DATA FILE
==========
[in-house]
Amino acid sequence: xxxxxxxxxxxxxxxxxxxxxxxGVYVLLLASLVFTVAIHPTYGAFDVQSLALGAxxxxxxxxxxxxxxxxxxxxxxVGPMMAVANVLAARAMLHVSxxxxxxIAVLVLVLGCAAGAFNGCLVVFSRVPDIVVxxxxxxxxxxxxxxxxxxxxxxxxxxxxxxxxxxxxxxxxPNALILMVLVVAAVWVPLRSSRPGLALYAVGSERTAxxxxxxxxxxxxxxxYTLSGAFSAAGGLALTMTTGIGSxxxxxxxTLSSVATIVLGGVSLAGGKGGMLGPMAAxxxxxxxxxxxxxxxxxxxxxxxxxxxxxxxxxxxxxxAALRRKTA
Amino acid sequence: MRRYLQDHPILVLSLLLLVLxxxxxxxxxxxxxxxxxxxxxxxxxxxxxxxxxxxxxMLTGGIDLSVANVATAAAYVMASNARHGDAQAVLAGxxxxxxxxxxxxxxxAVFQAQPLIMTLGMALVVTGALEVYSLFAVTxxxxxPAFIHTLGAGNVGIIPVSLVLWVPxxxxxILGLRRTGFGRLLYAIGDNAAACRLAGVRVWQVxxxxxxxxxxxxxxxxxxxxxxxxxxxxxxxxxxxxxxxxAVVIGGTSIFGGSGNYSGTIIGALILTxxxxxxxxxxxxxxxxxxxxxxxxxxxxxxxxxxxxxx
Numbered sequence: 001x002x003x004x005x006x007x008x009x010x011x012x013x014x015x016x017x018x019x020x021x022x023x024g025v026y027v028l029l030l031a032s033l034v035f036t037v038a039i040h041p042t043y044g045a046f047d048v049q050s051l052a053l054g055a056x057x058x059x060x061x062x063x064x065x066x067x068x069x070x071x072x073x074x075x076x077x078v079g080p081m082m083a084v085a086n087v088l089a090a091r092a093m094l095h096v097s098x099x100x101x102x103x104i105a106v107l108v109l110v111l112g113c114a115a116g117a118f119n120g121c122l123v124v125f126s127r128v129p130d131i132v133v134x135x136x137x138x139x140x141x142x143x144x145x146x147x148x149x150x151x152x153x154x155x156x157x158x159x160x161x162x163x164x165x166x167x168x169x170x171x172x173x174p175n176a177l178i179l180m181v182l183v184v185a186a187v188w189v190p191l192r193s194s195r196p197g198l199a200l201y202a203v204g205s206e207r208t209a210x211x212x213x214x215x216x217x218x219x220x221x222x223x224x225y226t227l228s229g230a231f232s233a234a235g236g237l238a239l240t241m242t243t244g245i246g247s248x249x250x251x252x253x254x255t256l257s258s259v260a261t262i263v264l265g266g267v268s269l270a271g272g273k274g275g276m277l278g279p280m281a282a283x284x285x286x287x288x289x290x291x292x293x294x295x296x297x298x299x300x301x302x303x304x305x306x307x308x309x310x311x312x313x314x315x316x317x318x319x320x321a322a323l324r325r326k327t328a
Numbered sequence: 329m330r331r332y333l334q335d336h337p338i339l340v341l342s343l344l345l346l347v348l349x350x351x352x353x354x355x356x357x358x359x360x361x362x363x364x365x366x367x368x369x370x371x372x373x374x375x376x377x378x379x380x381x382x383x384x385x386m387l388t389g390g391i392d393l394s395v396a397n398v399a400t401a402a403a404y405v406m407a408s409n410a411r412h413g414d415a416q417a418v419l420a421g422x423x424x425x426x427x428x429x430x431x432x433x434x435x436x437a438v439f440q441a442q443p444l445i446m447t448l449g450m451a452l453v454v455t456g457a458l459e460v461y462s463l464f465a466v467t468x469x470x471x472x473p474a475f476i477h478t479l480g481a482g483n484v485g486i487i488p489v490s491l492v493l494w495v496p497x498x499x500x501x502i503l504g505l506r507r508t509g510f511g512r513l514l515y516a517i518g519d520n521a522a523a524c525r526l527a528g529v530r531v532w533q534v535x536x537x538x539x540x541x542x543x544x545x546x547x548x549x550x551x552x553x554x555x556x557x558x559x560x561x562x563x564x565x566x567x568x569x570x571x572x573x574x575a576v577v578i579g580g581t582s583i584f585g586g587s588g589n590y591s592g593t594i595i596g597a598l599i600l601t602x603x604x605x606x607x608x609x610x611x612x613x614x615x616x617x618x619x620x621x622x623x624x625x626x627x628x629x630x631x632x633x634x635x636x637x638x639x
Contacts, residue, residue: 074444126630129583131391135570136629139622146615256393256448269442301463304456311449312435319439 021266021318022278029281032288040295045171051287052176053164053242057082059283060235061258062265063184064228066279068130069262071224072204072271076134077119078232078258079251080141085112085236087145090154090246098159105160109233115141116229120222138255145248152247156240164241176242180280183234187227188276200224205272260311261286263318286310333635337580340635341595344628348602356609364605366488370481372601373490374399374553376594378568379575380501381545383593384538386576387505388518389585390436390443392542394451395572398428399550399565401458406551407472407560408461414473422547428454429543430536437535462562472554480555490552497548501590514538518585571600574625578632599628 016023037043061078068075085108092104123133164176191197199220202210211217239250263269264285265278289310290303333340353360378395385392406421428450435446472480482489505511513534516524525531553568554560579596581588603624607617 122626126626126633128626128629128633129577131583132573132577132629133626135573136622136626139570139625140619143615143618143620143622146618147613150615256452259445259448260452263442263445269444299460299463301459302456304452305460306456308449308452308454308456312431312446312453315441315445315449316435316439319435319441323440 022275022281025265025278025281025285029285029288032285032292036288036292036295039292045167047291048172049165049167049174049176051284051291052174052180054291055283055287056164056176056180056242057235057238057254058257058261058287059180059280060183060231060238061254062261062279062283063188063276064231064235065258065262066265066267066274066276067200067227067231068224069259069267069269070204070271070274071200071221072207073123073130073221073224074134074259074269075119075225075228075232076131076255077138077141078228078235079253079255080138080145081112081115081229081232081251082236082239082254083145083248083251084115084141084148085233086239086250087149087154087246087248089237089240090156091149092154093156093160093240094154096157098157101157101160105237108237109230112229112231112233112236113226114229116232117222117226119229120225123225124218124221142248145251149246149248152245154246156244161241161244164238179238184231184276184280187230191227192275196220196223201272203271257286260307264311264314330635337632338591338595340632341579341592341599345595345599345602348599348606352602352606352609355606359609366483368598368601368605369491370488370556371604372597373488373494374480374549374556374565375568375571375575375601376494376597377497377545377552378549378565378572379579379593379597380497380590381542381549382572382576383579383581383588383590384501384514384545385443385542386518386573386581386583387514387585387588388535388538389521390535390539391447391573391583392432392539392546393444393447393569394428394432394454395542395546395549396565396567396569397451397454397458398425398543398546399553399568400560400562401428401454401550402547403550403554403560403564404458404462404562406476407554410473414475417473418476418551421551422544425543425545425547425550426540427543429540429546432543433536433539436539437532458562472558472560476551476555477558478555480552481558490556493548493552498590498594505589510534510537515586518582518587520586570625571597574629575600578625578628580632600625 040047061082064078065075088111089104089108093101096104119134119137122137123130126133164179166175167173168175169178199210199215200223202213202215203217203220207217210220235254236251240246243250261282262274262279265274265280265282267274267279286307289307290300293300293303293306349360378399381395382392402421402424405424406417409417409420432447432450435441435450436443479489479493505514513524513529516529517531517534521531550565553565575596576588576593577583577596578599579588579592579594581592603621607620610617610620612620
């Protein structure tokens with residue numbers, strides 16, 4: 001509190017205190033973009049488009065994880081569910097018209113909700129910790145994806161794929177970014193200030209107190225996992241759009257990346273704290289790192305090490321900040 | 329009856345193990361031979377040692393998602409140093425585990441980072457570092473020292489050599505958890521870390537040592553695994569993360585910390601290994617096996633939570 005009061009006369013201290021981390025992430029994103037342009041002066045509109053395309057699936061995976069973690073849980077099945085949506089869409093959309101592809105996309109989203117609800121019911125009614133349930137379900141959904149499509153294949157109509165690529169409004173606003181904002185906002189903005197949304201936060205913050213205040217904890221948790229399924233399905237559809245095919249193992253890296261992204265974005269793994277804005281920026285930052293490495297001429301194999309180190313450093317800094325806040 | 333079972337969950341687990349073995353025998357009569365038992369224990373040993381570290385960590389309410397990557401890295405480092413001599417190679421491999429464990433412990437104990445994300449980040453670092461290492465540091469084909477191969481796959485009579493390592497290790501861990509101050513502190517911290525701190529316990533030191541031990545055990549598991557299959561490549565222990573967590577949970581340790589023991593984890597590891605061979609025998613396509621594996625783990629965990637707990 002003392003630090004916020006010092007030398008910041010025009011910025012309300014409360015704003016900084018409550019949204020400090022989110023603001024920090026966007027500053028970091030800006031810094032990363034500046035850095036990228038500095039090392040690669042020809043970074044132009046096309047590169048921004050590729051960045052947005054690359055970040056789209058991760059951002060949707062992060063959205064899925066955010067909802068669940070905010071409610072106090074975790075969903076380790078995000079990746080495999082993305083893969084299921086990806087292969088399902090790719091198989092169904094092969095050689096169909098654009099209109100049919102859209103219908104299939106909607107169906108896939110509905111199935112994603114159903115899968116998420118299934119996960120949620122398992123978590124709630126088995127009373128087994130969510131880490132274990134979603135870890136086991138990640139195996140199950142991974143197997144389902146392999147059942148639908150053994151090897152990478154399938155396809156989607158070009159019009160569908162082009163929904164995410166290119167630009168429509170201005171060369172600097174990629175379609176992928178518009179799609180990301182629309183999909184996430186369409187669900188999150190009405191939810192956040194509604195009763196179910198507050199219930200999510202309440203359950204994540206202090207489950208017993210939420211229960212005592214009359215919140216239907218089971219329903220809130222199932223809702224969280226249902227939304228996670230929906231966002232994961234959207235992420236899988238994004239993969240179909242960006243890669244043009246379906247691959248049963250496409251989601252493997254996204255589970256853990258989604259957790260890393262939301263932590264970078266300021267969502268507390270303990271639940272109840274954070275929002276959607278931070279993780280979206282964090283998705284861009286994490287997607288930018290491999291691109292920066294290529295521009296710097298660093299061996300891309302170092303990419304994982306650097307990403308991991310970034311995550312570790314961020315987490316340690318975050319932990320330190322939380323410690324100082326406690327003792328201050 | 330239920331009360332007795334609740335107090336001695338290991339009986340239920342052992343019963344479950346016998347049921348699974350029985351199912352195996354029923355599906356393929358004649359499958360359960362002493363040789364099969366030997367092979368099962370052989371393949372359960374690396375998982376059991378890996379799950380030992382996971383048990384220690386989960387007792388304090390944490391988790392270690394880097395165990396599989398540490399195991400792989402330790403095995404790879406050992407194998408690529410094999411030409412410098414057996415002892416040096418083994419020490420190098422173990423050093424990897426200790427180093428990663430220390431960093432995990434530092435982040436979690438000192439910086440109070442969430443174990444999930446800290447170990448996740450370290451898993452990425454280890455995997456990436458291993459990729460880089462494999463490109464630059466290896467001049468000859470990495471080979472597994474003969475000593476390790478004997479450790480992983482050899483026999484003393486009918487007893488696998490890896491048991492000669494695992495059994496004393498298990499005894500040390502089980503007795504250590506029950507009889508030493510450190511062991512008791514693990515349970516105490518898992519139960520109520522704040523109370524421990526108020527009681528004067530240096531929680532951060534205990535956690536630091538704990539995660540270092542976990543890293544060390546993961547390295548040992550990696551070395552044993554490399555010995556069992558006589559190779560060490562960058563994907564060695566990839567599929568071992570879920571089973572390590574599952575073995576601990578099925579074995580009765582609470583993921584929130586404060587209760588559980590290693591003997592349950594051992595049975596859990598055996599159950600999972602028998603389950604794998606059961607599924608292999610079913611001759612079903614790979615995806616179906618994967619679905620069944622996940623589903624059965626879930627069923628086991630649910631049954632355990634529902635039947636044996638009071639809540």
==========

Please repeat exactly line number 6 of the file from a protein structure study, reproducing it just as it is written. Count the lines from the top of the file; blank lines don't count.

Contacts, residue, residue: 074444126630129583131391135570136629139622146615256393256448269442301463304456311449312435319439 021266021318022278029281032288040295045171051287052176053164053242057082059283060235061258062265063184064228066279068130069262071224072204072271076134077119078232078258079251080141085112085236087145090154090246098159105160109233115141116229120222138255145248152247156240164241176242180280183234187227188276200224205272260311261286263318286310333635337580340635341595344628348602356609364605366488370481372601373490374399374553376594378568379575380501381545383593384538386576387505388518389585390436390443392542394451395572398428399550399565401458406551407472407560408461414473422547428454429543430536437535462562472554480555490552497548501590514538518585571600574625578632599628 016023037043061078068075085108092104123133164176191197199220202210211217239250263269264285265278289310290303333340353360378395385392406421428450435446472480482489505511513534516524525531553568554560579596581588603624607617 122626126626126633128626128629128633129577131583132573132577132629133626135573136622136626139570139625140619143615143618143620143622146618147613150615256452259445259448260452263442263445269444299460299463301459302456304452305460306456308449308452308454308456312431312446312453315441315445315449316435316439319435319441323440 022275022281025265025278025281025285029285029288032285032292036288036292036295039292045167047291048172049165049167049174049176051284051291052174052180054291055283055287056164056176056180056242057235057238057254058257058261058287059180059280060183060231060238061254062261062279062283063188063276064231064235065258065262066265066267066274066276067200067227067231068224069259069267069269070204070271070274071200071221072207073123073130073221073224074134074259074269075119075225075228075232076131076255077138077141078228078235079253079255080138080145081112081115081229081232081251082236082239082254083145083248083251084115084141084148085233086239086250087149087154087246087248089237089240090156091149092154093156093160093240094154096157098157101157101160105237108237109230112229112231112233112236113226114229116232117222117226119229120225123225124218124221142248145251149246149248152245154246156244161241161244164238179238184231184276184280187230191227192275196220196223201272203271257286260307264311264314330635337632338591338595340632341579341592341599345595345599345602348599348606352602352606352609355606359609366483368598368601368605369491370488370556371604372597373488373494374480374549374556374565375568375571375575375601376494376597377497377545377552378549378565378572379579379593379597380497380590381542381549382572382576383579383581383588383590384501384514384545385443385542386518386573386581386583387514387585387588388535388538389521390535390539391447391573391583392432392539392546393444393447393569394428394432394454395542395546395549396565396567396569397451397454397458398425398543398546399553399568400560400562401428401454401550402547403550403554403560403564404458404462404562406476407554410473414475417473418476418551421551422544425543425545425547425550426540427543429540429546432543433536433539436539437532458562472558472560476551476555477558478555480552481558490556493548493552498590498594505589510534510537515586518582518587520586570625571597574629575600578625578628580632600625 040047061082064078065075088111089104089108093101096104119134119137122137123130126133164179166175167173168175169178199210199215200223202213202215203217203220207217210220235254236251240246243250261282262274262279265274265280265282267274267279286307289307290300293300293303293306349360378399381395382392402421402424405424406417409417409420432447432450435441435450436443479489479493505514513524513529516529517531517534521531550565553565575596576588576593577583577596578599579588579592579594581592603621607620610617610620612620